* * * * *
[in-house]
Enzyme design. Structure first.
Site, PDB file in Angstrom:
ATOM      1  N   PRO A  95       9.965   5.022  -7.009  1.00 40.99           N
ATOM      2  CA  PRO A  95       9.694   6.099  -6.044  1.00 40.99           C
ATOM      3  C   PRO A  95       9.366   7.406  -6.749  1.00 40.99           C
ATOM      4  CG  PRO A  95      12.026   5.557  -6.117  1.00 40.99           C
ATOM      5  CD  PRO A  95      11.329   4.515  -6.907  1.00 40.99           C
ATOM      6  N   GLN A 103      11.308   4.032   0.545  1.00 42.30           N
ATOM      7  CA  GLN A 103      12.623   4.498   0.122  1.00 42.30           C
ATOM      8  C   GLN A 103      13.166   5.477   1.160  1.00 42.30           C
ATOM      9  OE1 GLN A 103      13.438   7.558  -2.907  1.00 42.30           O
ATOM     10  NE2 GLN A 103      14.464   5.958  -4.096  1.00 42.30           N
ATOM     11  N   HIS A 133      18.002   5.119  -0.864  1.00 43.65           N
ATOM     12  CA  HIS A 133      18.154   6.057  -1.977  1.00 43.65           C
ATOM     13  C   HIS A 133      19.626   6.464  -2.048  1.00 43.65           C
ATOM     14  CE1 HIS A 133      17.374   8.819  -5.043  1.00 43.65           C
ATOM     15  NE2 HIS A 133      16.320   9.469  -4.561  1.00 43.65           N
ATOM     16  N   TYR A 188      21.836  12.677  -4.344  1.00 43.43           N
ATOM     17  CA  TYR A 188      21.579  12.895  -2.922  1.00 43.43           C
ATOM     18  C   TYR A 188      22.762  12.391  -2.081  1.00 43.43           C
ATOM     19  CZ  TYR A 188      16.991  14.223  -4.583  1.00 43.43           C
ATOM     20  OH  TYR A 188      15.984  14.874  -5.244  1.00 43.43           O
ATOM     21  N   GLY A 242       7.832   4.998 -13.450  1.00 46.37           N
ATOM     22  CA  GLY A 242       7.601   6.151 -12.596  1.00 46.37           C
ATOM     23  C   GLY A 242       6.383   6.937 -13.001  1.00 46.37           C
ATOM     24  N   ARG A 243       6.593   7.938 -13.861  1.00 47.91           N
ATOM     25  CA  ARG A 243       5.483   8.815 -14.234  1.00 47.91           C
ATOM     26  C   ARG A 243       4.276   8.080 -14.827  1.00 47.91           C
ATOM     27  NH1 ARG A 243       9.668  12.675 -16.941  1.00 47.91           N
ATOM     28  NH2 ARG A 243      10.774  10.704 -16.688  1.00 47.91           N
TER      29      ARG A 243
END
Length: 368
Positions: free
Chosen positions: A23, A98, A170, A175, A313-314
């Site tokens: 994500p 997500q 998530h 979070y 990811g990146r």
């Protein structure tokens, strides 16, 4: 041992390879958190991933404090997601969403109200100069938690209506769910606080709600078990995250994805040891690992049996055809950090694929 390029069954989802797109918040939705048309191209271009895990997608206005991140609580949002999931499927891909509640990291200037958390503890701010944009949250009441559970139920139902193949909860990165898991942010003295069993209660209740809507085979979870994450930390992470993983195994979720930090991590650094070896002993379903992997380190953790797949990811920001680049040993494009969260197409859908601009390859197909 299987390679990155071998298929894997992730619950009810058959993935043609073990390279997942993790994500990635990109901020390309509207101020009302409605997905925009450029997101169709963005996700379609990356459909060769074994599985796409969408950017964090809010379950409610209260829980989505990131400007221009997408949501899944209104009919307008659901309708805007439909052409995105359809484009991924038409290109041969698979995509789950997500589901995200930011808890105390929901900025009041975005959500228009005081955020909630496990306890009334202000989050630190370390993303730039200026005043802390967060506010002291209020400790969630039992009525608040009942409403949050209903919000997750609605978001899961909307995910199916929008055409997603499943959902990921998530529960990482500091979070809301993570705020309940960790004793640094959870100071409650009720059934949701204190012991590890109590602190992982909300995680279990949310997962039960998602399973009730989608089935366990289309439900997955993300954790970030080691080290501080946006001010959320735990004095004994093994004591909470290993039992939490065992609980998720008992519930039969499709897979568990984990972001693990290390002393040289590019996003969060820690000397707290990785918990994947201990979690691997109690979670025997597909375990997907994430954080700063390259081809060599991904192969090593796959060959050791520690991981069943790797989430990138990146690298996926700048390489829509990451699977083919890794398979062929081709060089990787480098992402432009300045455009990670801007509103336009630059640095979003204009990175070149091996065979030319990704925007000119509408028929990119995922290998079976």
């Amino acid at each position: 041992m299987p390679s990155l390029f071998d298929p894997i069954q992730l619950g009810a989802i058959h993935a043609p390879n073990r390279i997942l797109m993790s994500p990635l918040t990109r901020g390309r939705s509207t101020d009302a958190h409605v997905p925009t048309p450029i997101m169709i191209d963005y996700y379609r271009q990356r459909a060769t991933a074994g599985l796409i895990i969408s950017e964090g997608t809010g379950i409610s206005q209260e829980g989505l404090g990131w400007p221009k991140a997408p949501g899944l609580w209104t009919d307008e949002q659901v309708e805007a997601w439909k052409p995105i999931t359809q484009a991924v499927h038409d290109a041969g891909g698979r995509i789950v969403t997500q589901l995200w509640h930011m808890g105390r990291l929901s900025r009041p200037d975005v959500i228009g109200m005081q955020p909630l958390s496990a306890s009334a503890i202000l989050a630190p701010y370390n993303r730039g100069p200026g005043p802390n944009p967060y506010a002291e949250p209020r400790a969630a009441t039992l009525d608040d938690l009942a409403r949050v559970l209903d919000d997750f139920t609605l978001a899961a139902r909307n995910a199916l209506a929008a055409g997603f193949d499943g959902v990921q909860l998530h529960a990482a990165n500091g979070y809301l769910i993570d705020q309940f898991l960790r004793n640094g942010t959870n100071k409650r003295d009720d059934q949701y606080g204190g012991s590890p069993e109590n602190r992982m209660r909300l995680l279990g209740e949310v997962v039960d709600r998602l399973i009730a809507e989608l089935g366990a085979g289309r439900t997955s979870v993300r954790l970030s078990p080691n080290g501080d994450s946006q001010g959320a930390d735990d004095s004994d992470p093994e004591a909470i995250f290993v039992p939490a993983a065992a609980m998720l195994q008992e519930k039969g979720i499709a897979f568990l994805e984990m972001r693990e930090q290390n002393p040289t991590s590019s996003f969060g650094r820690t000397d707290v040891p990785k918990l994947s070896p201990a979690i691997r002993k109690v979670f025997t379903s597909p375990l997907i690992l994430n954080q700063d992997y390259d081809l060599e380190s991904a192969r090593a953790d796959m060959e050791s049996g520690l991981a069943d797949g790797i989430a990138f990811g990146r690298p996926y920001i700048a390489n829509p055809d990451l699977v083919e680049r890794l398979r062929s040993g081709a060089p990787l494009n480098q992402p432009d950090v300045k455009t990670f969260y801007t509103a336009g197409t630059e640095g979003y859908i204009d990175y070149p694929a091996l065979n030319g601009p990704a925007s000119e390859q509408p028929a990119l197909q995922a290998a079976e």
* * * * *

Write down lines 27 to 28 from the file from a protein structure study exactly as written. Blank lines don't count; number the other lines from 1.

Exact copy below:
ATOM     24  N   ARG A 243       6.593   7.938 -13.861  1.00 47.91           N
ATOM     25  CA  ARG A 243       5.483   8.815 -14.234  1.00 47.91           C